AHA: Amgen heart failure med meets phase 3 goal—but doesn’t help patients live longer

Amgen and Cytokinetics did not impress when they unveiled topline data for their heart failure drug last month. Now, the duo are sharing a deeper look at a treatment that met its goal in a phase 3 study but did not help patients with heart failure live longer.

The study, GALACTIC-HF, was presented virtually on Friday at the annual meeting of the American Heart Association. It tested three dose levels of the drug, omecamtiv mecarbil against placebo in more than 8,200 patients who had heart failure with reduced ejection fraction (HFrEF), a type of heart failure where the heart muscle does not contract effectively, so less oxygen-rich blood gets pumped out to the body. About 7% of the patients were Black, while more than three quarters were white (78%) and male (79%).

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The study met its primary endpoint reducing the amount of time until patients either died from heart-related causes or needed treatment for heart failure by 8%. The investigators called this improvement a “modest but significant lowering” of the risk of death, hospitalization or urgent treatment for heart failure.

However, omecamtiv mecarbil didn’t move the needle on the study’s secondary endpoints, namely time to first hospitalization, death from heart-related causes, death from any cause, and change from baseline on the Kansas City Cardiomyopathy Questionnaire. The questionnaire measures how patients perceive their health status, including their heart failure symptoms and how they affect their quality of life, and physical and social function.

“The lack of effect on death from either cardiovascular causes or any cause is surprising, given the prior evidence with omecamtiv mecarbil of improvements in left ventricular volumes and function, as well as decreases in heart rate and NT-proBNP,” a hormone linked to worsening heart failure, the investigators wrote.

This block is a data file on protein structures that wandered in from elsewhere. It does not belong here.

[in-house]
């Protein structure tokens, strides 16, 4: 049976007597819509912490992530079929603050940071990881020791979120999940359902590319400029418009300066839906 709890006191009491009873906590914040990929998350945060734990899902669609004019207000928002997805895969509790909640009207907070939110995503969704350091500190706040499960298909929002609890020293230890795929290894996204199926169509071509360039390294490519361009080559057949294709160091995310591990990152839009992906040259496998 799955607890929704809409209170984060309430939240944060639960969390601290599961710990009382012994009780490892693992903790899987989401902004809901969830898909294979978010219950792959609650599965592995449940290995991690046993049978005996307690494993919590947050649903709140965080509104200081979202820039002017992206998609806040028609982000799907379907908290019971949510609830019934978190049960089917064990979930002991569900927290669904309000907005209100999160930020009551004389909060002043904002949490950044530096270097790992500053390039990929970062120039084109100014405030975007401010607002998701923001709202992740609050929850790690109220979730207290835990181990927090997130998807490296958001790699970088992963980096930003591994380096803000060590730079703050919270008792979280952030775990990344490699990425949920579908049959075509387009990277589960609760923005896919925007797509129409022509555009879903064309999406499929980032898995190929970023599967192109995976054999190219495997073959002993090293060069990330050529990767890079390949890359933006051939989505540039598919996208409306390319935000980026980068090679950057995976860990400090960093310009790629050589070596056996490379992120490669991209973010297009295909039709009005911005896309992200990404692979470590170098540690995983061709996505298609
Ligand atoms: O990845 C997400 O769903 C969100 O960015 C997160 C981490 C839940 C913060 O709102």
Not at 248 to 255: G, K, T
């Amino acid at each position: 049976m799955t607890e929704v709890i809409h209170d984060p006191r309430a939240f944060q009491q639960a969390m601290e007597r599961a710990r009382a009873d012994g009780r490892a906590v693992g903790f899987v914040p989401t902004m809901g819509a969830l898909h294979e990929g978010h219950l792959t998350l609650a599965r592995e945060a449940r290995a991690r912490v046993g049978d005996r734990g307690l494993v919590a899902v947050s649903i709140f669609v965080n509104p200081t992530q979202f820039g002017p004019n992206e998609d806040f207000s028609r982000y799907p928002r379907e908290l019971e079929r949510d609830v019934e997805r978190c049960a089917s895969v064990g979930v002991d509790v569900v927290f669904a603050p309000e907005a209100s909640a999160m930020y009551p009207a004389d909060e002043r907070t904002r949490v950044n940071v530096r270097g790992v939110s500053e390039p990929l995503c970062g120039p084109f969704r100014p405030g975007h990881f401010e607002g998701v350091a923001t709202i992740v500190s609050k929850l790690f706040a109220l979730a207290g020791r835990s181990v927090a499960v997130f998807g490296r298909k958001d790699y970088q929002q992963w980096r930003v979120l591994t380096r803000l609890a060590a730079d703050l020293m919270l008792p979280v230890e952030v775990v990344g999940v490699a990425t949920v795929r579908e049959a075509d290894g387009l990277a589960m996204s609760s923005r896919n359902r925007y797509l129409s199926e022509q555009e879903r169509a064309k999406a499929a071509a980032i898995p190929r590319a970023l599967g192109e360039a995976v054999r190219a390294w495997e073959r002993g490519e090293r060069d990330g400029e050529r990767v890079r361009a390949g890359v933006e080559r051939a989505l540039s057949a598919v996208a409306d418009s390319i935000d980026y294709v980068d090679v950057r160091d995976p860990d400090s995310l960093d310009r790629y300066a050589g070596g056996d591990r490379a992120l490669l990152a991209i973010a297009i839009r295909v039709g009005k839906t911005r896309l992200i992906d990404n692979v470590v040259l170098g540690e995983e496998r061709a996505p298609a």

Side effects occurred at roughly the same rates in both groups. About 9% of patients in each group quit the study because of side effects. The results appear in the New England Journal of Medicine.

Amgen and Cytokinetics weren’t particularly upbeat last month when they reported the topline data. The results “further the understanding” of the treatment of heart failure, and the study “provides insights” into the mechanism of action of omecamtiv mecarbil, Amgen and Cytokinetics’ R&D chiefs, David Reese, M.D., and Fady Malik, M.D., Ph.D., said in a statement at the time.

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The data were “underwhelming” and a “GALACTIC Disappointment,” JPMorgan analyst Cory Kasimov wrote in a note to clients at the time, adding that missing the secondary endpoint “casts doubt on the outlook of this product candidate.”

Developed at Cytokinetics, omecamtiv mecarbil is a cardiac myosin activator, meaning it boosts interactions between myosin heads and actin filaments in the heart muscle to in turn boost the pumping of the heart. The company teamed up with Amgen in 2006 to develop heart failure drugs, and the Big Biotech later licensed the global rights to omecamiv mecarbil. In 2013, French pharma Servier picked up the rights to market the drug in Europe.

Merck and Bayer have seen similar results with their own heart failure med, vericiguat. In a phase 3 study that enrolled more than 5,000 patients, the drug statistically did no better than placebo at reducing deaths, but it did beat placebo on its primary endpoint: decreasing a composite measure of deaths and hospitalizations for heart failure. Despite the mixed data, the FDA granted the drug a speedy review in July and plans to decide its fate by January 2021. For its part, omecamtiv picked up a “fast-track” tag from the FDA in May of this year.